89 BIRD WATCHER’S DIGEST • JULY/AUGUST ’ 17 • birdwatchersdigest.com
phone screens? But who am I to
disparage a game he truly enjoys,
especially if it gets him outdoors?
And I began to wonder if there
could be a way to meld the thrill of
the virtual chase with the pursuit
of birding in this impossibly beautiful real-life world. We’re using the
same skill set, searching out, pursuing, and classifying our quarry.
Why must they be virtual animated
characters when there are wood
thrushes, pewees, and woodpeckers
in the trees all around? Who could
concoct anything more worth seeing than an American redstart or
an indigo bunting?
Maples murmured in a cool
breeze, casting deep shadows on
the gravel road. As we neared a
bend where PawPaw Creek curves
close to the road, I started to tell
Liam about a mink I’d seen this
winter, that plopped into the water
and swam, furry tail held high,
then looped out, up onto the bank
and into the underbrush. Perhaps
four words had left my mouth
when I gasped and whisper-screamed, “Otters! Otters! Liam!
Those are otters!”
At the precise place where I’d
seen the mink months earlier, a
big female otter and three kits
swirled and dove in the current.
Her head periscoping around, her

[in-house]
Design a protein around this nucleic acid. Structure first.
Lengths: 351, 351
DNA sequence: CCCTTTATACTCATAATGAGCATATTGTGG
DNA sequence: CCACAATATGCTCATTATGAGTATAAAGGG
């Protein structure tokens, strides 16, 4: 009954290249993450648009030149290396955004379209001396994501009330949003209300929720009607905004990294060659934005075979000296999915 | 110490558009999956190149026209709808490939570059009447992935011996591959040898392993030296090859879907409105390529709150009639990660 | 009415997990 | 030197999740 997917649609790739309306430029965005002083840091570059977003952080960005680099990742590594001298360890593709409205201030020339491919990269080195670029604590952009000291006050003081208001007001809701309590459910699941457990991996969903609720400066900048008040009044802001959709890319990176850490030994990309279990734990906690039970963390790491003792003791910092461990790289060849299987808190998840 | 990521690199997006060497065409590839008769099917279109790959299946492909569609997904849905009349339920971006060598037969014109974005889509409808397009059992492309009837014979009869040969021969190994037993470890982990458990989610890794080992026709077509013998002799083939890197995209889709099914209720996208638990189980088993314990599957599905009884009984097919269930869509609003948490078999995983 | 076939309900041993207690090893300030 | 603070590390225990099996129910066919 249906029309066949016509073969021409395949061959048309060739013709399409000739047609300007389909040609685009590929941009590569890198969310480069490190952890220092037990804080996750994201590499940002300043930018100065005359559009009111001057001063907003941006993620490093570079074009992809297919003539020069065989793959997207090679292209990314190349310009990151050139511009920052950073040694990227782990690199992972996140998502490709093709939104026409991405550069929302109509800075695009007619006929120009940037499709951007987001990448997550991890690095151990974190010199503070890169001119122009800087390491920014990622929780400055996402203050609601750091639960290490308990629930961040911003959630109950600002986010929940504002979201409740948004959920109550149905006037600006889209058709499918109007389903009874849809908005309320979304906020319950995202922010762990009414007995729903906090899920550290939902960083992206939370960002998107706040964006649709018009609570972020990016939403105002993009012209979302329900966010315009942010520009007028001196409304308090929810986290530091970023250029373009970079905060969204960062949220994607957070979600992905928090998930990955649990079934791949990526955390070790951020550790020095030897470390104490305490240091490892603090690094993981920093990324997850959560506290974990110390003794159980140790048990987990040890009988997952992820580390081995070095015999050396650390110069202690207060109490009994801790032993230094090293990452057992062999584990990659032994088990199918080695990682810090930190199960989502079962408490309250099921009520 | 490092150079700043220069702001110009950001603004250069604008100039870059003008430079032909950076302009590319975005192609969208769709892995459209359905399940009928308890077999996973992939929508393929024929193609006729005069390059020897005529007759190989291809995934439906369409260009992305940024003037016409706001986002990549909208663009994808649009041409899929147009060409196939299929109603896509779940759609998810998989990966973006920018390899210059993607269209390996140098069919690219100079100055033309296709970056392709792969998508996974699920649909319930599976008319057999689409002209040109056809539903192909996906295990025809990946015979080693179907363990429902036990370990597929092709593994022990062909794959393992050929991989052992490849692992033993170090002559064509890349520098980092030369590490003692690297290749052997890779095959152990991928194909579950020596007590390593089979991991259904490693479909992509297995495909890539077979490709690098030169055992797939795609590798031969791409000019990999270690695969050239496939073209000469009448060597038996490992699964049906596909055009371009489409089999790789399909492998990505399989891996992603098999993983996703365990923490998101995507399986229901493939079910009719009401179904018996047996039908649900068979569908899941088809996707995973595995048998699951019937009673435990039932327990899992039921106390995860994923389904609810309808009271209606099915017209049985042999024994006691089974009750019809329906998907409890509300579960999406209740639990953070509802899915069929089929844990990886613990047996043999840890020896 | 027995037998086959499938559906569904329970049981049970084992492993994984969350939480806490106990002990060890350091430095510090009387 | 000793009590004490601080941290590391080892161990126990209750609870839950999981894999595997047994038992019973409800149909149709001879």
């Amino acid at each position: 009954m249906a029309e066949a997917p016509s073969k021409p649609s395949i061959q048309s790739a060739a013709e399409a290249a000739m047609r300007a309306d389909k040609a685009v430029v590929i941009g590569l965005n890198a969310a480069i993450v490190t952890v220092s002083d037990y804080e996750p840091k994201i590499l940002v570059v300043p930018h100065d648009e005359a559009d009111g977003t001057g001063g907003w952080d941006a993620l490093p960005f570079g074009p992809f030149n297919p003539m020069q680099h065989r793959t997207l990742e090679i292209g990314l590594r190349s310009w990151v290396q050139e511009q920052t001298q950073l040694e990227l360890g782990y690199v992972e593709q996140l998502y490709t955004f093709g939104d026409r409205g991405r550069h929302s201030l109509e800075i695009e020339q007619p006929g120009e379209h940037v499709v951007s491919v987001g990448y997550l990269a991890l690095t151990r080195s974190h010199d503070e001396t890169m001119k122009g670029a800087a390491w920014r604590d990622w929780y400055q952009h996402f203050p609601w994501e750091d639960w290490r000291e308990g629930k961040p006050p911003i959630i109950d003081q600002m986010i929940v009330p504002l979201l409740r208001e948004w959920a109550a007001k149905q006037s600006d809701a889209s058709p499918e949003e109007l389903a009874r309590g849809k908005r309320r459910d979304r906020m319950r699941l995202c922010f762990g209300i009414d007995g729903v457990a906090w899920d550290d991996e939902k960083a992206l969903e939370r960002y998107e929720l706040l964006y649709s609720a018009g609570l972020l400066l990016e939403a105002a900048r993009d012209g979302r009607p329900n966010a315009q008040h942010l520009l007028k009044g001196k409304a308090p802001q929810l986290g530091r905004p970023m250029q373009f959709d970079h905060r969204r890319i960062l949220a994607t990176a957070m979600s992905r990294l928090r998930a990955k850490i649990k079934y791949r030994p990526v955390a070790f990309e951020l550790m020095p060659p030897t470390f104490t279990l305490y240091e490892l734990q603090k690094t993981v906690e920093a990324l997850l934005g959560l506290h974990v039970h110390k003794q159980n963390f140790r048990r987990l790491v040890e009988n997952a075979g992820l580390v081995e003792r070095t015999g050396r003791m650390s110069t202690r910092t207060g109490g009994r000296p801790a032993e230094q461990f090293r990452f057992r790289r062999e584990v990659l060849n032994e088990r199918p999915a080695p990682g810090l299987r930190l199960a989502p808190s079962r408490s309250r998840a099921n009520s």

round eyes wide with surprise, the
female called her kits around her.
They puttered to her, swimming
in tight circles, and followed her in
a leisurely swim down the creek.
The trio of kits was so young
their tails stuck straight up out
of the water as they paddled, and
they were so buoyant that their
dives barely took them underwa-
ter. I took my compact running
binoculars off and shoved them
into Liam’s hands. I’d found their
tracks, scat, and slides on this
very creek years before and a mile
downstream. And I’d seen otters
before, but never in Ohio. Liam
had never seen them at all!
The otters made their way to
a steep, well-worn mudslide on
the opposite bank. Why had I
not noticed that before? Only
otters could have made that! To
our delight, they hauled out, J U L
A family of otters at
Country roads can